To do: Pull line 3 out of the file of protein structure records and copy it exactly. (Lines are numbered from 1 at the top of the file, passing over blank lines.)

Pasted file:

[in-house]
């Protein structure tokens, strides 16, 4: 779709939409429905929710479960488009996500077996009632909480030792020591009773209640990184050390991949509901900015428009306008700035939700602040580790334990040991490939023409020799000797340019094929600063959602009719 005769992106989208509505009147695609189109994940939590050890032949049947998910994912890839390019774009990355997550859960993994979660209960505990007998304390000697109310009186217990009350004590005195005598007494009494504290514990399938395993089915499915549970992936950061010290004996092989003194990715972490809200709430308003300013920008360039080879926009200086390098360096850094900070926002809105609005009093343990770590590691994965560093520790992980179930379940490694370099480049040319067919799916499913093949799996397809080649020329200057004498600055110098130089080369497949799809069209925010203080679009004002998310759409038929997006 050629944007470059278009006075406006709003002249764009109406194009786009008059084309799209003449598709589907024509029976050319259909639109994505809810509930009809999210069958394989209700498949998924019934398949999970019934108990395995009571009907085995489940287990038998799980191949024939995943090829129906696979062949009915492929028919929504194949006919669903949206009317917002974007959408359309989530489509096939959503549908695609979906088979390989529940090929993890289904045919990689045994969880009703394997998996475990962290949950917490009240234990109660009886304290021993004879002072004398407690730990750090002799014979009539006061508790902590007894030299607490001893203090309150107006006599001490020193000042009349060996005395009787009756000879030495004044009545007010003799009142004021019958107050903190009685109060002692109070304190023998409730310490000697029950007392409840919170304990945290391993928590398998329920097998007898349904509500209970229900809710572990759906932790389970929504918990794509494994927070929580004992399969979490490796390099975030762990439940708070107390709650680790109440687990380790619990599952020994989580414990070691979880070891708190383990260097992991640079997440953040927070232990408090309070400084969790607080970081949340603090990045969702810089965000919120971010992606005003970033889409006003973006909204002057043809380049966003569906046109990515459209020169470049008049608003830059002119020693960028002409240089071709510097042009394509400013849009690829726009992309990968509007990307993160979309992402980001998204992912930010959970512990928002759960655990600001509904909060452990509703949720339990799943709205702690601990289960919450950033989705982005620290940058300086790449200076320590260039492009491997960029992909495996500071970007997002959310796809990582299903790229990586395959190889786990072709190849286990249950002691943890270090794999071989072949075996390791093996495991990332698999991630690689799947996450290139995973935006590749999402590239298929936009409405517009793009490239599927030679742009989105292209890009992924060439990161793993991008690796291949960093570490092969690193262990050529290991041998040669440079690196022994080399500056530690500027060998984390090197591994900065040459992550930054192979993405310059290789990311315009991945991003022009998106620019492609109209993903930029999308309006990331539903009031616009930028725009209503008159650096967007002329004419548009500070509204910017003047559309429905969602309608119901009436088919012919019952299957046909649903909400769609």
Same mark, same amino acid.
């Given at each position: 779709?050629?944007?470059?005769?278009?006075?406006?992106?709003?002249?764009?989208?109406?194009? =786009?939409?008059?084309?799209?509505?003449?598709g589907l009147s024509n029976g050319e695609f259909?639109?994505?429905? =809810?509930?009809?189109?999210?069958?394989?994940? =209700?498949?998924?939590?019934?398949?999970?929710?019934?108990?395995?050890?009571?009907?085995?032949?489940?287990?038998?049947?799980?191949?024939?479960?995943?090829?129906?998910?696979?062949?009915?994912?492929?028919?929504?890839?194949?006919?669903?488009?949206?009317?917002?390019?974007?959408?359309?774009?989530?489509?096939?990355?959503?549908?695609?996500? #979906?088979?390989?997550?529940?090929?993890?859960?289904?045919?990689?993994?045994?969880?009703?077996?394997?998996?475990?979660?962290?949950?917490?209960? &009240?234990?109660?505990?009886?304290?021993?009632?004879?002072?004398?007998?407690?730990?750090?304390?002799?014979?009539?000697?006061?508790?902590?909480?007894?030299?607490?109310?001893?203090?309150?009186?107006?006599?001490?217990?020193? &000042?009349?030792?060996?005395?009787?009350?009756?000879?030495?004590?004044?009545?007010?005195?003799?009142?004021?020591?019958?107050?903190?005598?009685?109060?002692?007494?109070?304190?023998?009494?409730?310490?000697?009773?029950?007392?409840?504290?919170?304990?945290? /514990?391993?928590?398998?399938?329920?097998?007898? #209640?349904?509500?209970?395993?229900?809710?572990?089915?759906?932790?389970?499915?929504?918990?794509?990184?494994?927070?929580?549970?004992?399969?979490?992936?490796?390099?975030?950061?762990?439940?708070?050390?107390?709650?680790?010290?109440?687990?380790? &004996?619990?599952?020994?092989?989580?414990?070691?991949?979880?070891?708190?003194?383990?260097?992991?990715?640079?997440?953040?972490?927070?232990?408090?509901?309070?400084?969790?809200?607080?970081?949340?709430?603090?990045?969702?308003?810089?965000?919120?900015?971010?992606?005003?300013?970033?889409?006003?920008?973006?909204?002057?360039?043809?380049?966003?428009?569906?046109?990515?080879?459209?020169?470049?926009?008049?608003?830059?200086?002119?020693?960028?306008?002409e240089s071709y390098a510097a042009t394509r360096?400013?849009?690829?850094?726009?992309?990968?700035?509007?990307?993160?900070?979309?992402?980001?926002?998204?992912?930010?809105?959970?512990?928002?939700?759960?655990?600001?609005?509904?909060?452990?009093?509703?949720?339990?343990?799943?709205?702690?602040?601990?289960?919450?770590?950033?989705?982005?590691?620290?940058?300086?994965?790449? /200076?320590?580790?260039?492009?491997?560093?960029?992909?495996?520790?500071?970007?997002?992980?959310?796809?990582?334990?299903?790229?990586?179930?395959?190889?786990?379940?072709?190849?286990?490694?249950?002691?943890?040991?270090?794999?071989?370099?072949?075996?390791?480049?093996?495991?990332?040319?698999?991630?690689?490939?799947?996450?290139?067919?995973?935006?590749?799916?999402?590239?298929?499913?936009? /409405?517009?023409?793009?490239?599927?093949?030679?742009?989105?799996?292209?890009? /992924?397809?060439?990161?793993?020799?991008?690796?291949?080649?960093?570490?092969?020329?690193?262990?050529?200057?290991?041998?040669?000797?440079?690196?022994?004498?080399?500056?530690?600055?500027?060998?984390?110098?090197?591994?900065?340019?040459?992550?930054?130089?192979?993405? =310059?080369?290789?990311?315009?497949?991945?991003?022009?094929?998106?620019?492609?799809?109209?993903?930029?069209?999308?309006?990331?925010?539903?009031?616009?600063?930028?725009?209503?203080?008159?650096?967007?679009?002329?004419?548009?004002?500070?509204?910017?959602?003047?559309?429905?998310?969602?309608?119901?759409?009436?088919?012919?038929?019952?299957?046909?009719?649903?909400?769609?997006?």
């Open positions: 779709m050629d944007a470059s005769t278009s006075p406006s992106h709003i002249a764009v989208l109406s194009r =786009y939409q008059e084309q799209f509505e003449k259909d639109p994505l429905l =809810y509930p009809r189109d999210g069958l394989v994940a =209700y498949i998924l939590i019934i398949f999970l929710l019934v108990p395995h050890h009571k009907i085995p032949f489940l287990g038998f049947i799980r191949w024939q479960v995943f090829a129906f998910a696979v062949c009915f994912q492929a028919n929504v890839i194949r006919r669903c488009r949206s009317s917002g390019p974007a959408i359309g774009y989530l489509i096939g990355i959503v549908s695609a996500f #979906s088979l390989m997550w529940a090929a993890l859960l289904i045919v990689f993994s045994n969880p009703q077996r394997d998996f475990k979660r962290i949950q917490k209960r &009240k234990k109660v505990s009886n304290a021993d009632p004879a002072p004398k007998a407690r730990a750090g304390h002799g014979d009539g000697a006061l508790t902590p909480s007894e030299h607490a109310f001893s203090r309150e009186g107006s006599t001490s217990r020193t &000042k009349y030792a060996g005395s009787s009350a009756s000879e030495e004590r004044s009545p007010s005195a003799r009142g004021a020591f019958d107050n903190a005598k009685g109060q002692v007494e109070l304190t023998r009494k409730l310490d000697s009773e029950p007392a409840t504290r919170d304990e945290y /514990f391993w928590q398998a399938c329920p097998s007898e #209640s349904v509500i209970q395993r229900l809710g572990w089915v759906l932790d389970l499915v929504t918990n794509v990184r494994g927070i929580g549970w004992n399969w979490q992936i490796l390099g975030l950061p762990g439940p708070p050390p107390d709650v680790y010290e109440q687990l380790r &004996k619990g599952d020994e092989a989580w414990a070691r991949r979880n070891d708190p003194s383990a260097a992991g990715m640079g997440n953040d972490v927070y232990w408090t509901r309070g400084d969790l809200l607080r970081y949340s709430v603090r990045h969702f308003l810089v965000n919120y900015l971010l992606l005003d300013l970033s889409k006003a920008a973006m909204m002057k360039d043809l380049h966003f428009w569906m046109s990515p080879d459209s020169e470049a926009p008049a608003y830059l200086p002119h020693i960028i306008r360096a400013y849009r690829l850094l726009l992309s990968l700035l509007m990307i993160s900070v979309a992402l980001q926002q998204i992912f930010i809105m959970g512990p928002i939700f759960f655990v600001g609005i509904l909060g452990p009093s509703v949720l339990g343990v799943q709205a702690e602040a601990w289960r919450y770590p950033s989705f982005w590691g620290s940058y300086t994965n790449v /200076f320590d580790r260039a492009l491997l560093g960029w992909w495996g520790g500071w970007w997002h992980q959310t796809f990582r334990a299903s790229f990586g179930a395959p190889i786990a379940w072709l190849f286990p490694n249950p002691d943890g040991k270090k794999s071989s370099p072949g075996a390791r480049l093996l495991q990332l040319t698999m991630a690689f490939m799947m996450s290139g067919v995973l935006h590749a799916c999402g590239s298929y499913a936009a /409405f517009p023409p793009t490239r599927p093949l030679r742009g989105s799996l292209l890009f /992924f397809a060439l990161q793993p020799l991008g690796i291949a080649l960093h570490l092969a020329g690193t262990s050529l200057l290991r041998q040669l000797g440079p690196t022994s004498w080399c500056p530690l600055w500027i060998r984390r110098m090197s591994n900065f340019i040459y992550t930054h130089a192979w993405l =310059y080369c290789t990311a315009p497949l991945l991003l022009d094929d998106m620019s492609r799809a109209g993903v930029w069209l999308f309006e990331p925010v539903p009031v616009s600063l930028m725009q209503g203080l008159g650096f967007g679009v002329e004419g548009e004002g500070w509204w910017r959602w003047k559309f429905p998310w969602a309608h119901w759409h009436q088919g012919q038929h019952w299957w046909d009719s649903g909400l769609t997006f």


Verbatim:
Same mark, same amino acid.